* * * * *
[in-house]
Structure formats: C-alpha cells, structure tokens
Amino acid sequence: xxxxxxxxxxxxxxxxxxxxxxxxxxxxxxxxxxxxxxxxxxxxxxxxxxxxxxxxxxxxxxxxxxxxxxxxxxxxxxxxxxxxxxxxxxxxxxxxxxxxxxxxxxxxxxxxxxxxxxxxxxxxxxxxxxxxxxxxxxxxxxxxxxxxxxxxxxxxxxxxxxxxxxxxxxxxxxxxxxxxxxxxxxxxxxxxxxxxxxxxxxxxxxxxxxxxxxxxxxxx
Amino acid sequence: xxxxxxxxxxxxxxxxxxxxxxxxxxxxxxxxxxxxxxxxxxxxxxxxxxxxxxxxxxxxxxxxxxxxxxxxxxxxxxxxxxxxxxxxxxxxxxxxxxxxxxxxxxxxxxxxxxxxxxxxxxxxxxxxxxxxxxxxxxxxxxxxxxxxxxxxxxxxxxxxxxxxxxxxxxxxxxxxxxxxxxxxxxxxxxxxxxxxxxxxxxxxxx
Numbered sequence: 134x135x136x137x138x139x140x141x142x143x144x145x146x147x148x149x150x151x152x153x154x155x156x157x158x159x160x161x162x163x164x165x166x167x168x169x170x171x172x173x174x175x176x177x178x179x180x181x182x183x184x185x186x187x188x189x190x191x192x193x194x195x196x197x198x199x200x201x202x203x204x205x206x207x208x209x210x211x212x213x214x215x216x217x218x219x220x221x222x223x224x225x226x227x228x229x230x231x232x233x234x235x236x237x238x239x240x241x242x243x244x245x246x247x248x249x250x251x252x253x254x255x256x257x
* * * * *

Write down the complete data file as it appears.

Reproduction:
[in-house]
Structure formats: C-alpha cells, structure tokens
Amino acid sequence: xxxxxxxxxxxxxxxxxxxxxxxxxxxxxxxxxxxxxxxxxxxxxxxxxxxxxxxxxxxxxxxxxxxxxxxxxxxxxxxxxxxxxxxxxxxxxxxxxxxxxxxxxxxxxxxxxxxxxxxxxxxxxxxxxxxxxxxxxxxxxxxxxxxxxxxxxxxxxxxxxxxxxxxxxxxxxxxxxxxxxxxxxxxxxxxxxxxxxxxxxxxxxxxxxxxxxxxxxxxx
Amino acid sequence: xxxxxxxxxxxxxxxxxxxxxxxxxxxxxxxxxxxxxxxxxxxxxxxxxxxxxxxxxxxxxxxxxxxxxxxxxxxxxxxxxxxxxxxxxxxxxxxxxxxxxxxxxxxxxxxxxxxxxxxxxxxxxxxxxxxxxxxxxxxxxxxxxxxxxxxxxxxxxxxxxxxxxxxxxxxxxxxxxxxxxxxxxxxxxxxxxxxxxxxxxxxxxx
Numbered sequence: 134x135x136x137x138x139x140x141x142x143x144x145x146x147x148x149x150x151x152x153x154x155x156x157x158x159x160x161x162x163x164x165x166x167x168x169x170x171x172x173x174x175x176x177x178x179x180x181x182x183x184x185x186x187x188x189x190x191x192x193x194x195x196x197x198x199x200x201x202x203x204x205x206x207x208x209x210x211x212x213x214x215x216x217x218x219x220x221x222x223x224x225x226x227x228x229x230x231x232x233x234x235x236x237x238x239x240x241x242x243x244x245x246x247x248x249x250x251x252x253x254x255x256x257x